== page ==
PLUS he weighs absolutely nothing for an adult man.
-btw- some woo-meisters I survey loathe demon alcohol because it destroys millions of brain cells per drink.
Although that doesn’t explain their own cognitive issues.
James @#35: From 0 to CONSPIRACY!!1 in three posts! I think that might be some kinda record!
Before the age-matched controls were invited to be screened at the end of their follow-up period, the 4-year cumulative incidence of invasive breast cancer was significantly higher in the screened group (982 per 100,000) than it was in the control group (658 per 100,000) (relative risk [RR] 1·49, 95% CI 1·41-1·58). Even after prevalence screening in the control group, the screened group had higher 6-year cumulative incidence of invasive breast cancer (1443 per 100,000 vs 1269 per 100,000; RR 1·14, 1·10-1·18).”
So after six years one tumor in six had regressed and no one knows how to determine which will regress and which will do their best to kill the patient.
Orac has written about this, you know. It’s not news to him or regular readers.
GMI requires “membership” in order to “unlock” the “print-friendly view.” If he’s rolling in the vault like a common Scrooge McDuck, it’s not reflected in the domicile.
I saw that too! 120 lbs at 5′ 9″!
And he’s “white”. Some kind of complex about his ethnic origins?
So I suppose the next time Sayer whips up an organic green kale and kava smoothie for himself he’ll leave out the 5 shots of non-GMO, gluten-free vodka.
I am making an appointment for my overdue mammogram.
Of course now JP will call me an a__hole for not having it sooner.
Wish they handed out weed when I go.
Although the URL looked clear, I see that that link actually requires a session cookie (i.e., it doesn’t work).* To find the docket, go here, choose “Criminal & Traffic Case Records,” and enter case number 15CT500965.
The more complete charge description in the docket – as opposed to the sheriff’s entry – leaves open the possibility that he wasn’t that drunk, just above the limit and transporting a minor late at night on the 15th.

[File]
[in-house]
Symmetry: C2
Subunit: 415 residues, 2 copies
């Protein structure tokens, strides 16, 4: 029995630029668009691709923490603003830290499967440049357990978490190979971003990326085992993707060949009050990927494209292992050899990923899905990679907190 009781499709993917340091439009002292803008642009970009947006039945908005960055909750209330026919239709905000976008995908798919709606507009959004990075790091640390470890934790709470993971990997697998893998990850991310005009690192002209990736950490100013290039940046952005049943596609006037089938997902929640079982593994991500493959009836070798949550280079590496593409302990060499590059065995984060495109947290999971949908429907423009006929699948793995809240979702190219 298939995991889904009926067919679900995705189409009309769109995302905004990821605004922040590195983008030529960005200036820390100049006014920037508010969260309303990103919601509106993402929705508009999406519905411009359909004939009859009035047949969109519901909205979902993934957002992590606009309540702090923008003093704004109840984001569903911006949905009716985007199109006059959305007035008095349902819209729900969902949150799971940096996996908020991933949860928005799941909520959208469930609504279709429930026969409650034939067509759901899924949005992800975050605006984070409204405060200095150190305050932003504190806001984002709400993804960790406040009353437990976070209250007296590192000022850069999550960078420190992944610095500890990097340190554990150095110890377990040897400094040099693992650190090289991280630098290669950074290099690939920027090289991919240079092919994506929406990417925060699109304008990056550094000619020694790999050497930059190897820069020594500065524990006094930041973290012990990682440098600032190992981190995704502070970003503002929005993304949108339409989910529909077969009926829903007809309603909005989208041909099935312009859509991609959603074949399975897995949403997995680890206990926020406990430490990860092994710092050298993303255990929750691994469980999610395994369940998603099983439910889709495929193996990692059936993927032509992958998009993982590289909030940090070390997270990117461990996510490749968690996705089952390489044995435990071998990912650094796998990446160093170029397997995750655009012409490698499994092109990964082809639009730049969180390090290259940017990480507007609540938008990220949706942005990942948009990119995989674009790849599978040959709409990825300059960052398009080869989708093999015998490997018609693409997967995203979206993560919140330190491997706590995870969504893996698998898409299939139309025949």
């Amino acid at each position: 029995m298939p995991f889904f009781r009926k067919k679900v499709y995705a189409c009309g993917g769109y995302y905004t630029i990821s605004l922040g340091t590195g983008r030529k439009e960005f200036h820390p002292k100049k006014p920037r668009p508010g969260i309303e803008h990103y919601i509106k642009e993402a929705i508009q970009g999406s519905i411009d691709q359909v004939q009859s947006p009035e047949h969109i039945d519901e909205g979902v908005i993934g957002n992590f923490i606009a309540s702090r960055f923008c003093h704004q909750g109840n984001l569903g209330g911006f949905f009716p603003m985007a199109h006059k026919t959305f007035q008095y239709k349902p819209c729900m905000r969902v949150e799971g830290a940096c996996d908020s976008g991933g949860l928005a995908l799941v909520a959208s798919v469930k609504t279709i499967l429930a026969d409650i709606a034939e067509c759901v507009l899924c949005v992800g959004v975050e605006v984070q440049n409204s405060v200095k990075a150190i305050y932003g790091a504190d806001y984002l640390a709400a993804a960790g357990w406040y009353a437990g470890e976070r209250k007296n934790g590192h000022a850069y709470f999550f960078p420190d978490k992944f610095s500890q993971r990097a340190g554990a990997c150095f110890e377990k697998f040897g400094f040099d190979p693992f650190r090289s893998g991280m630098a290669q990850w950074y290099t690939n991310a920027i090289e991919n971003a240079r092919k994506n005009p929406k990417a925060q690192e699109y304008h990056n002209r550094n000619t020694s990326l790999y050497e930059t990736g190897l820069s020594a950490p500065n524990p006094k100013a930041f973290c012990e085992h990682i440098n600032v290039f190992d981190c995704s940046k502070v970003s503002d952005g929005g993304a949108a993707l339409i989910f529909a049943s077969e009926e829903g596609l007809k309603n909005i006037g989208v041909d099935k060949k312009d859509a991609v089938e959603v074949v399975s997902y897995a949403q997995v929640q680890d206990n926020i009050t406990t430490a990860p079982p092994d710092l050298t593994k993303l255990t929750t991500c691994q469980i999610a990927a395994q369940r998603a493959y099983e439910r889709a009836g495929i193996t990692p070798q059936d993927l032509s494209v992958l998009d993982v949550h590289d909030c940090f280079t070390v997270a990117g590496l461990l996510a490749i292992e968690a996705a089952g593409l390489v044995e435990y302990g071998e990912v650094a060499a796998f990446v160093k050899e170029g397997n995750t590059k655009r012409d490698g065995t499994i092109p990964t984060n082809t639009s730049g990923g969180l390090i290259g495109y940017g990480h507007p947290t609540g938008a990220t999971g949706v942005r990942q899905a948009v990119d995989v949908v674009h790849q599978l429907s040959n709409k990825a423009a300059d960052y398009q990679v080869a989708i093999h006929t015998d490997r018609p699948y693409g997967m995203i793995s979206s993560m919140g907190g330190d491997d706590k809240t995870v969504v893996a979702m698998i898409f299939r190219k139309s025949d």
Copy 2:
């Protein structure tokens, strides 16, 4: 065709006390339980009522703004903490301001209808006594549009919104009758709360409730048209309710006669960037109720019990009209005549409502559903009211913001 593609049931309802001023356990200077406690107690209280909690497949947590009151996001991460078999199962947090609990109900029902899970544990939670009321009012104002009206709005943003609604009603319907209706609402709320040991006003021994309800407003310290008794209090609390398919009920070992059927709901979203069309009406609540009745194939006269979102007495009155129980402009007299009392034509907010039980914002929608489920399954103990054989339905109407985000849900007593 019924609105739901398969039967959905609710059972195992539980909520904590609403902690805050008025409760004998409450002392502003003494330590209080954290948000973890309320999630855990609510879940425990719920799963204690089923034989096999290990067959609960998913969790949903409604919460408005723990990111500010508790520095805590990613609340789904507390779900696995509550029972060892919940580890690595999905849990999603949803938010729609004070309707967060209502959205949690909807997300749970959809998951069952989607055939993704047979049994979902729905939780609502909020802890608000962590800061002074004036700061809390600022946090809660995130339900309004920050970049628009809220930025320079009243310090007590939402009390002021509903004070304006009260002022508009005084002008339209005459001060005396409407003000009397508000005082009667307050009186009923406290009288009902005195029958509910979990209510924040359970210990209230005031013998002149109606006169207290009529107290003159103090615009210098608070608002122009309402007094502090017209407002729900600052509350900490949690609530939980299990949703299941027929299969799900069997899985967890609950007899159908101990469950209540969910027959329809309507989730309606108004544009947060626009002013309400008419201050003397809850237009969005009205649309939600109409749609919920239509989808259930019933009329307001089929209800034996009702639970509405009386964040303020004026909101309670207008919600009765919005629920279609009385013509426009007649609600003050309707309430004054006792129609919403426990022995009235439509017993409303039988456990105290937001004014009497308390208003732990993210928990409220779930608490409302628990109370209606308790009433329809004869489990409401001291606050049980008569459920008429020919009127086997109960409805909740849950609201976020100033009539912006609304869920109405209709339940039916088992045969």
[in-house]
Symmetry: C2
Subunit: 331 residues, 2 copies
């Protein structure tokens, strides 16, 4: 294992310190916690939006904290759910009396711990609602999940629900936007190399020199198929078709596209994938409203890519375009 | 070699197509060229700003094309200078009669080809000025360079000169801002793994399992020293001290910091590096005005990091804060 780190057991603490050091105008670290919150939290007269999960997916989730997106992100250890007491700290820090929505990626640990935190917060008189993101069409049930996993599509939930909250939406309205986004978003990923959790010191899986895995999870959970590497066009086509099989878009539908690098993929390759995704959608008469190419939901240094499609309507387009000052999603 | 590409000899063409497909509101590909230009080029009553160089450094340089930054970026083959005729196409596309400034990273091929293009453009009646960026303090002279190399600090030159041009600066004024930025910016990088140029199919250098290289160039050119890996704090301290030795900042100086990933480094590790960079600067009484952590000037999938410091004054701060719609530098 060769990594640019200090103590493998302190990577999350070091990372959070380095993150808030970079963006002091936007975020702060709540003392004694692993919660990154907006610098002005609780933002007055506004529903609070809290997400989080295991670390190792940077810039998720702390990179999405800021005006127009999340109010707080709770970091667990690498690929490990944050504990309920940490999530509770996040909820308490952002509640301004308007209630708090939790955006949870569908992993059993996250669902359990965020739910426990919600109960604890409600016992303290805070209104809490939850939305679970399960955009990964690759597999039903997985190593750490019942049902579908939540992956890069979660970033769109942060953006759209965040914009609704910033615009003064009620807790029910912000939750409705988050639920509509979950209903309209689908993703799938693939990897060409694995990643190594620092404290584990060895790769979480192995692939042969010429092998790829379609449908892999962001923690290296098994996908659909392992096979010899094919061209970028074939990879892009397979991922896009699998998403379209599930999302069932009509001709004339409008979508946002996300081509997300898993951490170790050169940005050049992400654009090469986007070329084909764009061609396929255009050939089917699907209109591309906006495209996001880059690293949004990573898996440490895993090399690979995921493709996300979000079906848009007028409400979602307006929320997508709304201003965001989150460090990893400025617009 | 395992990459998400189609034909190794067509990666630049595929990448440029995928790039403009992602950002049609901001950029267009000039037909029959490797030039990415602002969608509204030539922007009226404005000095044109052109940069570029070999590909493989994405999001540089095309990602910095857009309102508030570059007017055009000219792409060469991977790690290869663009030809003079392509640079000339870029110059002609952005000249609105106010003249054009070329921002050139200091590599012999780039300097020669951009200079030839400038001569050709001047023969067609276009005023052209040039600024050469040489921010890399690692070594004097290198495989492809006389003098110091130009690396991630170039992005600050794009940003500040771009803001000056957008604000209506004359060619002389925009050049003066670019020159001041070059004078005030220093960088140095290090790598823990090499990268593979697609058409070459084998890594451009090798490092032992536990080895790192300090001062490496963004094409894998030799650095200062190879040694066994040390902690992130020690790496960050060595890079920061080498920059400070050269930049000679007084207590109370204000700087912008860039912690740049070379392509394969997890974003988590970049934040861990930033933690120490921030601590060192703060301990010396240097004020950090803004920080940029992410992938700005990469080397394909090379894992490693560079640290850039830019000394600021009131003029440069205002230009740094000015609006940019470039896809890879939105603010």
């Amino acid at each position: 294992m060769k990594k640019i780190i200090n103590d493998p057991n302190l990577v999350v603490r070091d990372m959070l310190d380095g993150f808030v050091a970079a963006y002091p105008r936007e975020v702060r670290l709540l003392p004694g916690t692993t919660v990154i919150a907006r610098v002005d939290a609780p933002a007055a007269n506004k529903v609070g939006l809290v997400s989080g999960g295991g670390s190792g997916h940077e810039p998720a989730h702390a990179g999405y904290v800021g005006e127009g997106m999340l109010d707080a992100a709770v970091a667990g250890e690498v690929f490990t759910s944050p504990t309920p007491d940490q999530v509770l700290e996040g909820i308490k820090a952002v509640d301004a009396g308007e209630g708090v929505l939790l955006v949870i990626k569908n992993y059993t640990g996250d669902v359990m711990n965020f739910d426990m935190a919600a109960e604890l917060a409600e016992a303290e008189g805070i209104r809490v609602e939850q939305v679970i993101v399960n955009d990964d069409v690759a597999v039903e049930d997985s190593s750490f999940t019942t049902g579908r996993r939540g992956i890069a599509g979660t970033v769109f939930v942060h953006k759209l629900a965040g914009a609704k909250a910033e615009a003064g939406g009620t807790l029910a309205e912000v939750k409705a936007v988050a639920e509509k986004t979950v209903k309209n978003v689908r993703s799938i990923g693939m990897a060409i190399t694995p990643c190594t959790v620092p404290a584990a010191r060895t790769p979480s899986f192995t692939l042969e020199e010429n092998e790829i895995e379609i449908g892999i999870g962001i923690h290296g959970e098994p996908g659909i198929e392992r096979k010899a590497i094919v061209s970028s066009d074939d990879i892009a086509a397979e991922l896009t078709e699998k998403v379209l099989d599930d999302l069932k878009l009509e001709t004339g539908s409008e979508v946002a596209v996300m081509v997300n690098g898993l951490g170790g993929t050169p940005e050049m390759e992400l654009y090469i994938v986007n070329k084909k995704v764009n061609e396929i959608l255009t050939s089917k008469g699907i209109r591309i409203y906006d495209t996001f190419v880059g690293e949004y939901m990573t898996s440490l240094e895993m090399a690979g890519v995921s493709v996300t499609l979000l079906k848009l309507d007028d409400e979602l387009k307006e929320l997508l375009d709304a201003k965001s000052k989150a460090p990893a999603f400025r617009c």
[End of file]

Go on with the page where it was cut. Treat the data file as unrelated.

* Another sign that something is off in my antakarana: some public-radio idiots just played – without mockery – a recording of one Alicia Keys quoting “Frederick Nietsche.”
^ “Nietzsche,” dammit. Now I’m going be lumped in with the execrable Peter Sagal.
Um, no. That doesn’t make any more sense than any of the rest of the nonsense you’ve been blathering on about.
According to Fearless Parent, Ji has 2 children.
To clarify from the perspective of a practicing medical oncologist… the study that Orac is discussing applies to patients that already have a biopsy proven cancer. There has been concern that patients who are BRCA carriers (particularly BRCA1) with confirmed cancer have a worse prognosis than patients with confirmed cancer who are not BRCA carriers. The meta-analysis suggests that the prognosis for these patients are likely similar when treated with appropriate combinations of definitive and adjuvant therapy. BRCA1 carriers in particular are more likely to develop triple negative breast cancers that have a worse prognosis when compared to the other major subsets of breast cancer (e.g. HER2 and the luminal A/B hormone receptor positive subsets). Therefore, anecdotally, BRCA1 carrying patients certainly strike the practicing medical oncologist as having a worse prognosis due to the prevalence of triple negative tumors. Everyone remembers the 30 year old patient who comes in with a huge inflammatory cancer and is dead within the year…